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USM should cancel the appointment of London-based consultants and depend instead on available  local expertise to make recommendations to raise university excellence, quality and standard to be ranked among the world’s Top 200 Universities



Media Statement

by Lim Kit Siang  

, Wednesday): Yesterday, I commended Universiti Sains Malaysia (USM) Vice Chancellor Prof Datuk Dzulkifli Abdul Razak for taking a more realistic approach than the Vice Chancellor of University of Malaya (UM) Prof. Datuk Dr. Hashim Yaacob  to the adverse rating of the Times Higher Education  Supplement (THES) World University Ranking 2005, as both UM and USM were the two worst Asia-Pacific university performers in the 2004 THES  Top 200 Best Universities.  In the 2005 Ranking, UM  plunged 80 places from 89th to 169th while USM plunged  by more than 89 places from No. 111 last year to fall outside the 200 Top Universities bracket altogether.

However, I had  also indicated my reservations about the USM decision to engage a London-based consultant to report on the reasons for USM being dropped from the THES list of the world’s Top 200 universities, especially as the consultant seemed to be actively involved in the preparation of the THES World University Ranking.

Today, I call on USM to cancel the appointment of the  London-based consultant  and depend instead on available  local expertise to make recommendations to raise university excellence, quality and standard to be ranked among the world’s Top 200 Universities.

If the USM Vice Chancellor Prof Datuk Dzulkifli Abdul Razak follows the blogs on the controversy sparked by the adverse THES World University Ranking 2005 (he should step forward as  an example to all policy makers and implementers on the need to keep themselves abreast with Malaysian grassroots views by reading Malaysian blogs) he will realize the criticism and opposition  to the proposal to engage the London-based consultant.

I support such criticism and opposition  for four reasons:

Firstly, why is it necessary to spend precious money to engage a “London-based consultant” to explain the reasons for USM being dropped from the THES  list of the world’s top 200 universities when all are explained very clearly about the six criteria used to evaluate the ranking?  The pithy first comment on my blog on this issue yesterday sums up the objection: “Sheer waste of money. Someone can't understand English?”

Secondly, Malaysian have adequate local expertise to pin-point  the causes for the prolonged and unchecked  decline of Malaysian university excellence, quality and standards, recommend a strategy to reverse these university misfortunes and even to implement them, without having to depend on any foreign expertise or support.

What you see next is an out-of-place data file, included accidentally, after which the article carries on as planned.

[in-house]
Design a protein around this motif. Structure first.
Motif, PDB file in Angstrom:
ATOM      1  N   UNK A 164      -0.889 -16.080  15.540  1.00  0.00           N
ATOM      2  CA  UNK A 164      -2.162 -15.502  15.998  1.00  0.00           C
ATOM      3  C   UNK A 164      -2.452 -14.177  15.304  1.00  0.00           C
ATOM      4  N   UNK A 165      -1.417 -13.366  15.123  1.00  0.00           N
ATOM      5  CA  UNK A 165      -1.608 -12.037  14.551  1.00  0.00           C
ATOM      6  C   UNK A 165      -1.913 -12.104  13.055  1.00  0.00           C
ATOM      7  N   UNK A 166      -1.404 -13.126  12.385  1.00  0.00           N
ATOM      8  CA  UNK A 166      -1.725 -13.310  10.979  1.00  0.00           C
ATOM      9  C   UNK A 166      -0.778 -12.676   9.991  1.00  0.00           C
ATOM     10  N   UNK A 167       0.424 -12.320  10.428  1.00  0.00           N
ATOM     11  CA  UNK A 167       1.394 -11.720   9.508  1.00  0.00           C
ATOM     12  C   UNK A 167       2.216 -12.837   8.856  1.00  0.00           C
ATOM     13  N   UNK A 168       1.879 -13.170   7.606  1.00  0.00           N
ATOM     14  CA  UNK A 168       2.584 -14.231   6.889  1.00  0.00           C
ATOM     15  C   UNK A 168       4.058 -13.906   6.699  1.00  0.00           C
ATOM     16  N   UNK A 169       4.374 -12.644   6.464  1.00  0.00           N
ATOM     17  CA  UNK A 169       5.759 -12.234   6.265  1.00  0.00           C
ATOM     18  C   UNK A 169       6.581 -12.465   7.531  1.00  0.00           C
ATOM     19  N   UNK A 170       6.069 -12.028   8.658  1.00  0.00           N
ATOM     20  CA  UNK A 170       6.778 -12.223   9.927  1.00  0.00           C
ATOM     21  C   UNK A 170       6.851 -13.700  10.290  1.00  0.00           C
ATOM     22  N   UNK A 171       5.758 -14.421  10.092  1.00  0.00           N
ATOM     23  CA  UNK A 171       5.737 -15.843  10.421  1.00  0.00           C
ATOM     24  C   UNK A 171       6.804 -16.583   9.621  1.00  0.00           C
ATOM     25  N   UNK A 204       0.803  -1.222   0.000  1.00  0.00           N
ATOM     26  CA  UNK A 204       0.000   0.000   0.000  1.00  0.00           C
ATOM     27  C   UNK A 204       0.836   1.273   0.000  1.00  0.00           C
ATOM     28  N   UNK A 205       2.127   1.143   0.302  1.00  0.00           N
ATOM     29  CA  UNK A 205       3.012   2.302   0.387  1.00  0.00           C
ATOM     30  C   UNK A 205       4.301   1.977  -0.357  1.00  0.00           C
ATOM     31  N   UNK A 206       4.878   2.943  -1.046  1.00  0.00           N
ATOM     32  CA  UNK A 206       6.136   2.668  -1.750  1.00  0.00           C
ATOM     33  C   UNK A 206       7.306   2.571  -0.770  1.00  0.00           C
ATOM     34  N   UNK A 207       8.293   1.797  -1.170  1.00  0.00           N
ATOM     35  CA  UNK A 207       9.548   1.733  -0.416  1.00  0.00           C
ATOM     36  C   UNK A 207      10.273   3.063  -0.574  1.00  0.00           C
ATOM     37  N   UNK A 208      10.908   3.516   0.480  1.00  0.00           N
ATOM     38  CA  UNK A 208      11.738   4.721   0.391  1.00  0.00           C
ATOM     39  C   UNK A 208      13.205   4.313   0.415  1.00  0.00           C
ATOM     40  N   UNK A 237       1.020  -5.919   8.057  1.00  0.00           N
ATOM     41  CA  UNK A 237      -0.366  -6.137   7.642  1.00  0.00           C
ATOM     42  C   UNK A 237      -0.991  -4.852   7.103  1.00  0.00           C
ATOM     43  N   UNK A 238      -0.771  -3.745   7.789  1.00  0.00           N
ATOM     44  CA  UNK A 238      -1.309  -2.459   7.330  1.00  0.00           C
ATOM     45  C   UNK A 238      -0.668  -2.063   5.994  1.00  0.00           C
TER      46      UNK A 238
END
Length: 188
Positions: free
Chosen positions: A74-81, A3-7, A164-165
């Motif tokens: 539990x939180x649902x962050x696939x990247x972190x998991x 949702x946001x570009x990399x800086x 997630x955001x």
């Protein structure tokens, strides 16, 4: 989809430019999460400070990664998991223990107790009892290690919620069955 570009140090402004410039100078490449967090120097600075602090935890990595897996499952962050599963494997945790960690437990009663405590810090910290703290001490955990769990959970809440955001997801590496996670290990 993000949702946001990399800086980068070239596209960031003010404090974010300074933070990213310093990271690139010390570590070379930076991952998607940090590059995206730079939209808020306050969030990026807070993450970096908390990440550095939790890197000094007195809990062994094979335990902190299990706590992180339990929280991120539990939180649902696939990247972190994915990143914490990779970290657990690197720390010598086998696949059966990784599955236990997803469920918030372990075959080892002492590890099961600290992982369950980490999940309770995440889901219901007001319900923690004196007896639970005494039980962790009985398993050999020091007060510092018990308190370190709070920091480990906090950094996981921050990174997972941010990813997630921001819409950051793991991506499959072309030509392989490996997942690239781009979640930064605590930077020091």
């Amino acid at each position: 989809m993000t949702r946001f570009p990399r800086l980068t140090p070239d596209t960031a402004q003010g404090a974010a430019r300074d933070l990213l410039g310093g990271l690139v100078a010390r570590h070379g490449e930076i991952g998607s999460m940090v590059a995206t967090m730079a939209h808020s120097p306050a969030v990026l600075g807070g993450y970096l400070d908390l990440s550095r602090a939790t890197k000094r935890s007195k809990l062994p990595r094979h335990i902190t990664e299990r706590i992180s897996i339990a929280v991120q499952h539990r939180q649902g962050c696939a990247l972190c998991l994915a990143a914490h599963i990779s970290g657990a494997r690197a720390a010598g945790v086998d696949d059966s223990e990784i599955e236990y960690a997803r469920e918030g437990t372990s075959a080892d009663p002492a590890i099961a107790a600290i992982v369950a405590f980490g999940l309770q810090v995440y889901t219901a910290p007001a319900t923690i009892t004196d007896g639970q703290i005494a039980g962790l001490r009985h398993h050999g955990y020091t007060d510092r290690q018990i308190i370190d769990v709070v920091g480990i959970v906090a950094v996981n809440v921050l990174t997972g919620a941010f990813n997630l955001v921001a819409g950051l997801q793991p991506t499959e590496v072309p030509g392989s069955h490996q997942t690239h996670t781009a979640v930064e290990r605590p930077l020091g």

Thirdly, as pointed out by Tony P in his blog, Education in Malaysia,  the “consultant” engaged by USM is most likely the same party that conducted the THES survey, i.e. QS QuacquarelliSymmonds. Hashim had also said publicly that UM is setting up a meeting with QS around the same time to “discover” the reason behind its fall in rankings as well as to better understand the methodology.  There is clearly a conflict of interest if QS is paid by  USM and UM to explain its THES survey.  Both USM and UM should live up to the principles of openness and transparency and give a public accounting of how much funds they are spending on such a consultation, and whether such money could not be spent in a more productive manner.

Fourthly, it goes against the grain of what a great university should be when it is going to be run in accordance with the dictates of a survey. An university is great not because it followed the methodology of any survey, but because of its commitment to excellence, quality and standards. It will be a sad day if the methodology of the THES survey is going to be the charter of USM or UM. If this is going to be the case, might as well appoint the QS survey directors as the Vice Chancellors of USM and UM.

USM should cancel the appointment  of the London-based consultant and commission instead a task force of Malaysians, both from inside and outside the university, academics and non-academics, to formulate a blueprint for USM to attain international recognition for academic excellence, quality and standards and to be among the world’s Top 200 universities.

I strongly recommend Tony P, the host of the blog Education in Malaysia, to be a member of such a commission, for he has talked more sense on the problems faced by higher education in Malaysia in his blog  than many if not all the Vice Chancellors of the 17 public universities in the country.



*  Lim Kit Siang, Parliamentary Opposition Leader, MP for Ipoh Timur & DAP Central Policy and Strategic Planning Commission Chairman

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